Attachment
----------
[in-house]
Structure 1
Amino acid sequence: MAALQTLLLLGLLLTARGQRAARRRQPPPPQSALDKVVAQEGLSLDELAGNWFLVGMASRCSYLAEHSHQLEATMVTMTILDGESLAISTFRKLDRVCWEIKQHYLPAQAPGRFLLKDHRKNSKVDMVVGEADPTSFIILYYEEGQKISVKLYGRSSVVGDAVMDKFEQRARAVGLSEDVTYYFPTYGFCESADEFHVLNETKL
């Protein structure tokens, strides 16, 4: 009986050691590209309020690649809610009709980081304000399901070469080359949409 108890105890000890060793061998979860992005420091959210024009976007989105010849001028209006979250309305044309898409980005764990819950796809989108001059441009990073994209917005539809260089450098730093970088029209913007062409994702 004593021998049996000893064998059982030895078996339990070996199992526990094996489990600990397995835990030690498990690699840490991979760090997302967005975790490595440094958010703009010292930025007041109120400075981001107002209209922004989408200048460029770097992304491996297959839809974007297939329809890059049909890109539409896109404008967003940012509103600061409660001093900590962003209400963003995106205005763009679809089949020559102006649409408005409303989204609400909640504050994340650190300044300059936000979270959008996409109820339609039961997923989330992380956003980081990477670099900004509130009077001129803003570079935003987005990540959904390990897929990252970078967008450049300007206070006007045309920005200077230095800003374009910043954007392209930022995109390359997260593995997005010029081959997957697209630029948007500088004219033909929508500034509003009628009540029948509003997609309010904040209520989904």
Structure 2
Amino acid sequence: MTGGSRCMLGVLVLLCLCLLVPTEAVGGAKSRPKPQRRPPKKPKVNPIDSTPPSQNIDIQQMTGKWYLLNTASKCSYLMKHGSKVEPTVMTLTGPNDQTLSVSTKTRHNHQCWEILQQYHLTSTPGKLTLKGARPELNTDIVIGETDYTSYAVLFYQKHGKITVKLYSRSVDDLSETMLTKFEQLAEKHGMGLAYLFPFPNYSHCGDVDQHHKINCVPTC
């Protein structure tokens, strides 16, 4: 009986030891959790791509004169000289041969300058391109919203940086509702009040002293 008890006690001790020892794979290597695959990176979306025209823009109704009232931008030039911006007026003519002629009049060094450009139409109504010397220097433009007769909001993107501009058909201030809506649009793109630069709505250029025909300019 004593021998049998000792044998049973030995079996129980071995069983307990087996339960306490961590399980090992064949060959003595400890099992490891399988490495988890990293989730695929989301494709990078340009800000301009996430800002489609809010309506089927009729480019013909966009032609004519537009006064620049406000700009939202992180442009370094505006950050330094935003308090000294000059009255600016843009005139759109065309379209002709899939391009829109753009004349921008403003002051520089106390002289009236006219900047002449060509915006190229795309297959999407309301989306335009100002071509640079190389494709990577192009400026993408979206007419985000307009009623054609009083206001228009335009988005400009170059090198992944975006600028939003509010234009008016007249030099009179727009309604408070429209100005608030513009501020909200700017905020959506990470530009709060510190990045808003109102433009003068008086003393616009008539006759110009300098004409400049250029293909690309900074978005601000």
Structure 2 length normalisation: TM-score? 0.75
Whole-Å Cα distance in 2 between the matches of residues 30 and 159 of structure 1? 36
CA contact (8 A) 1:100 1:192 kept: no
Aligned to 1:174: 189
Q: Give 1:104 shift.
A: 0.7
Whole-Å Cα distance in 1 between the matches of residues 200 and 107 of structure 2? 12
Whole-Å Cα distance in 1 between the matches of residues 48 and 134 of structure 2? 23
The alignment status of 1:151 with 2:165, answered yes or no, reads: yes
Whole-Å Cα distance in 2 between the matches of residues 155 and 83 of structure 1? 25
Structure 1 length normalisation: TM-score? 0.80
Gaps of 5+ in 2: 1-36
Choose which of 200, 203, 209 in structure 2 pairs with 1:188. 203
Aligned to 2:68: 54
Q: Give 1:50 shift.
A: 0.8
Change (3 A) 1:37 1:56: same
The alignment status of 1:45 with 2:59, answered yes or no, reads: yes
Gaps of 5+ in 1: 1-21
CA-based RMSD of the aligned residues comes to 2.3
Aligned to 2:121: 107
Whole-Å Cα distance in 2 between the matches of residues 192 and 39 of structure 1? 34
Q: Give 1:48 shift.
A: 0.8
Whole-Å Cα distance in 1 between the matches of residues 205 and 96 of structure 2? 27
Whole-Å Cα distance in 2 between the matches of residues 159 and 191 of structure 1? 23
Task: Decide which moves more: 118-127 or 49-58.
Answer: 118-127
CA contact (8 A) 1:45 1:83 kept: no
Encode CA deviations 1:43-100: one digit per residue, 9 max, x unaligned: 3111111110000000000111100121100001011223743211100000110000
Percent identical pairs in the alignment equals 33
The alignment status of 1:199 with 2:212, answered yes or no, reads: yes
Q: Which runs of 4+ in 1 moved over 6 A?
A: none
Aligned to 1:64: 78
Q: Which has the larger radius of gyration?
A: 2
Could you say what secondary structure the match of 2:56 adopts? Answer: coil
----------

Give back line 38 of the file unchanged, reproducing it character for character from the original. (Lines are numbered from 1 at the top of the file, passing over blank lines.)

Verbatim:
Percent identical pairs in the alignment equals 33